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Shirley Temple

February 13, 2014
Times Leader

PROBABLY many people today have never seen a Shirley Temple movie, but the curly-haired child star was praised by a president, and "Santa Claus" asked for her autograph.

The little girl with the sunny, positive disposition was a bright spot during the Great Depression.

She was so popular that President Franklin D. Roosevelt said that "as long as our country has Shirley Temple, we will be all right.

"When the spirit of the people is lower than at any other time during this Depression, it is a splendid thing that for just 15 cents, an American can go to a movie and look at the smiling face of a baby and forget his troubles."

Her fame, however, led to her disbelief in Santa.

Temple said that she stopped believing in that jolly old gentleman at the age of 6 when a department store Santa asked for her autograph.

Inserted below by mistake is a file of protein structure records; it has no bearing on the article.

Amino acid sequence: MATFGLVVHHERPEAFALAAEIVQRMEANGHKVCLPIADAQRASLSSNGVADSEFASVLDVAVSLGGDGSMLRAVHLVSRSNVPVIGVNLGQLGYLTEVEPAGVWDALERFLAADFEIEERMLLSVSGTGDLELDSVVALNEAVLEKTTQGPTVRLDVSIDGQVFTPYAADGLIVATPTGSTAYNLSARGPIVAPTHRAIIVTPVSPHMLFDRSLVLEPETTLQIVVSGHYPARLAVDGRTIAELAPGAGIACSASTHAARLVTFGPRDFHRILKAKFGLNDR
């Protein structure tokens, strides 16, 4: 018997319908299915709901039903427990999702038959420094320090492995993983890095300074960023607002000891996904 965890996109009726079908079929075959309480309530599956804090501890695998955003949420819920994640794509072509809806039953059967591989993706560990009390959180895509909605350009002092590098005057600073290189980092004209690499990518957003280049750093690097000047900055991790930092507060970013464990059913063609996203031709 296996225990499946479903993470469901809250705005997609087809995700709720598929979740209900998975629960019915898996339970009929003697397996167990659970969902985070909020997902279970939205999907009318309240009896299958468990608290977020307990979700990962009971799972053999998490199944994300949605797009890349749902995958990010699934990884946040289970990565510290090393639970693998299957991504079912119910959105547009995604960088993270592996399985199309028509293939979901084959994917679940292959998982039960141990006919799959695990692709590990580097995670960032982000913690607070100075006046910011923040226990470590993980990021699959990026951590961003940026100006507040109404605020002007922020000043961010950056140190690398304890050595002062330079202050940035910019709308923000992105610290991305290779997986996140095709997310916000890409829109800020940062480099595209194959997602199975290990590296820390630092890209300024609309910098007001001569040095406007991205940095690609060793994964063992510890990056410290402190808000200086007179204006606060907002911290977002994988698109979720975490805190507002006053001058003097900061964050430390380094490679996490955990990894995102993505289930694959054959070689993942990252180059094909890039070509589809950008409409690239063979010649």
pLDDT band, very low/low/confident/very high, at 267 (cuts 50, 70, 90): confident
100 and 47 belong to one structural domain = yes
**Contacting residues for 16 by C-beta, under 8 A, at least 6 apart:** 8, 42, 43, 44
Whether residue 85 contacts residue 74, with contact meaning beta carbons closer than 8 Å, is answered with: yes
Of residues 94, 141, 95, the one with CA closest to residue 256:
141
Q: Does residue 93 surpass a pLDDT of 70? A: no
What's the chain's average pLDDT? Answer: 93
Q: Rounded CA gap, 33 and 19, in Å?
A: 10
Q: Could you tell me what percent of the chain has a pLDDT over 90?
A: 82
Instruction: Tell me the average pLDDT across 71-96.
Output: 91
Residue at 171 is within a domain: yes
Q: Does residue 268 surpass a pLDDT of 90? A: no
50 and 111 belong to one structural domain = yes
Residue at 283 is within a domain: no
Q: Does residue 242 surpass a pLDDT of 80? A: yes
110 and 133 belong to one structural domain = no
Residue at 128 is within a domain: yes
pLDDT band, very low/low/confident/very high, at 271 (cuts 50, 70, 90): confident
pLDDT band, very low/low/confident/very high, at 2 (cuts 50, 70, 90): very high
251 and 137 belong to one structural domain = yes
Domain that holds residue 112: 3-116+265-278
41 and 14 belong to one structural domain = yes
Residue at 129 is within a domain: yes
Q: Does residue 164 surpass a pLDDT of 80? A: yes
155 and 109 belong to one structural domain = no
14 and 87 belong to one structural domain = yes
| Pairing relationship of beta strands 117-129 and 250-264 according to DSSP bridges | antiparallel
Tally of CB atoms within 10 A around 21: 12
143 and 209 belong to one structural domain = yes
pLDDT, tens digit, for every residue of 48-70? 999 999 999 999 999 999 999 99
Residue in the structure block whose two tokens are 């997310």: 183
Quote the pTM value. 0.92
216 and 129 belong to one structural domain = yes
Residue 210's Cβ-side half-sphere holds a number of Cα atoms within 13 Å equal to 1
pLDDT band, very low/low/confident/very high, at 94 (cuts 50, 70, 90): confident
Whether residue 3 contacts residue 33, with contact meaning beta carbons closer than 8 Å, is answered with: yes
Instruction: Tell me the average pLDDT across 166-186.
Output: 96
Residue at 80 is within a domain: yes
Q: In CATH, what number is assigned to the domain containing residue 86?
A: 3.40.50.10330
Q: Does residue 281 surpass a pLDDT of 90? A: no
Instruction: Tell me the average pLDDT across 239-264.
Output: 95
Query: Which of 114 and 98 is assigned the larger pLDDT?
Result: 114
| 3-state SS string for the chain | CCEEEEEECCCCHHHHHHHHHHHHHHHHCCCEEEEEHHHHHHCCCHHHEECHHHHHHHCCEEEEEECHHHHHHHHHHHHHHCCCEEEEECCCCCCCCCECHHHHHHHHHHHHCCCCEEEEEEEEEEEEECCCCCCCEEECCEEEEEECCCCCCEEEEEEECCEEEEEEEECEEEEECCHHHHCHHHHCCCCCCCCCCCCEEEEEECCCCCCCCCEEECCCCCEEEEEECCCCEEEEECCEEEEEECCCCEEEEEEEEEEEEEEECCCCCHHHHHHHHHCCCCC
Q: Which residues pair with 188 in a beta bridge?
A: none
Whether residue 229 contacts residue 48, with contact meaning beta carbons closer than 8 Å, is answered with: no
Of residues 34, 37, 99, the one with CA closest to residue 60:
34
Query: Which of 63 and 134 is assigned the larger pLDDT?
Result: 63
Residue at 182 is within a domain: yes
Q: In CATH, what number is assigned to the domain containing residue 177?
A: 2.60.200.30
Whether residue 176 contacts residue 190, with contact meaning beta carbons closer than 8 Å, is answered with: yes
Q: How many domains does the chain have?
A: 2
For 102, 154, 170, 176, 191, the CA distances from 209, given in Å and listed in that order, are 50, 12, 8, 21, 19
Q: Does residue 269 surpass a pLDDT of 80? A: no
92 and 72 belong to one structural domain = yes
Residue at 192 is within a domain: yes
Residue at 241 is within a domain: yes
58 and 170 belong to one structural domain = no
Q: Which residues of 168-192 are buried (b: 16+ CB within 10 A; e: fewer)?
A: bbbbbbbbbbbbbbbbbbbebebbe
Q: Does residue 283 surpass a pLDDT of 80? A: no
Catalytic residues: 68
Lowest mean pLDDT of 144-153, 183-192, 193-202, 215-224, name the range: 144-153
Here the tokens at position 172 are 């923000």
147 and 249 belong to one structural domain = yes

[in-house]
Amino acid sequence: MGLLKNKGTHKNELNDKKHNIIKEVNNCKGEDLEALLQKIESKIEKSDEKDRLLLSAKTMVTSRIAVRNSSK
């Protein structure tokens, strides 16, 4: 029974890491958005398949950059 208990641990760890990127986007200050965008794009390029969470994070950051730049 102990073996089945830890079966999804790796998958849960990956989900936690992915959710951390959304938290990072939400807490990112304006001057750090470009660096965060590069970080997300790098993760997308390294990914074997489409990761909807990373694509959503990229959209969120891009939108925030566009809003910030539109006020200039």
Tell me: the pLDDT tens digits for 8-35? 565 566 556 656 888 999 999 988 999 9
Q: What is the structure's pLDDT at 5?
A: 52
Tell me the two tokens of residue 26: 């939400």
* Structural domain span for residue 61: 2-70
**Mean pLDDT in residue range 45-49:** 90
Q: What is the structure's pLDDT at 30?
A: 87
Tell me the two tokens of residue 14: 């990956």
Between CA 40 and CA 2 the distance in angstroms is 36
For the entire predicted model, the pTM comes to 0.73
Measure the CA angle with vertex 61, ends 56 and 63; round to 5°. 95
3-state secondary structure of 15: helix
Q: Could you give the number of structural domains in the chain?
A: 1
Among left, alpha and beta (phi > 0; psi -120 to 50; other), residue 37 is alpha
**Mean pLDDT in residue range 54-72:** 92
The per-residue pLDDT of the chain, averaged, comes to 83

The little girl was the most popular movie star in the nation from 1935-39 with Harrison County native Clark Gable a distant second.

In later life, she often commented on her early success as a box-office attraction. "People in the Depression wanted something to cheer them up, and they fell in love with a dog, Rin Tin Tin, and a little girl," she said.

HER MOVIES as a teenager didn't measure up to her former popularity, and she retired from the screen at the age of 22 although she later was on television for a time.

The child who made "Animal Crackers in My Soup" and "On the Good Ship Lollipop," popular sailed away to other successes as an adult, serving at times as a member of the U.S. delegation to the United Nations General Assembly, as U.S. ambassador to Ghana, U.S. chief of protocol and ambassador to Czechoslovakia.

She had successful surgery for breast cancer in 1972 and issued a statement urging other women to get checked by their doctors. She also was active in the fight against multiple sclerosis from which her brother suffered.

The movie legend's common sense prevalent in her early movies was present in real life.

Married for more than 50 years to Charles Black, she said that her greatest roles were as a wife, mother and grandmother, adding, "There's nothing like real love. Nothing."

 
 

 

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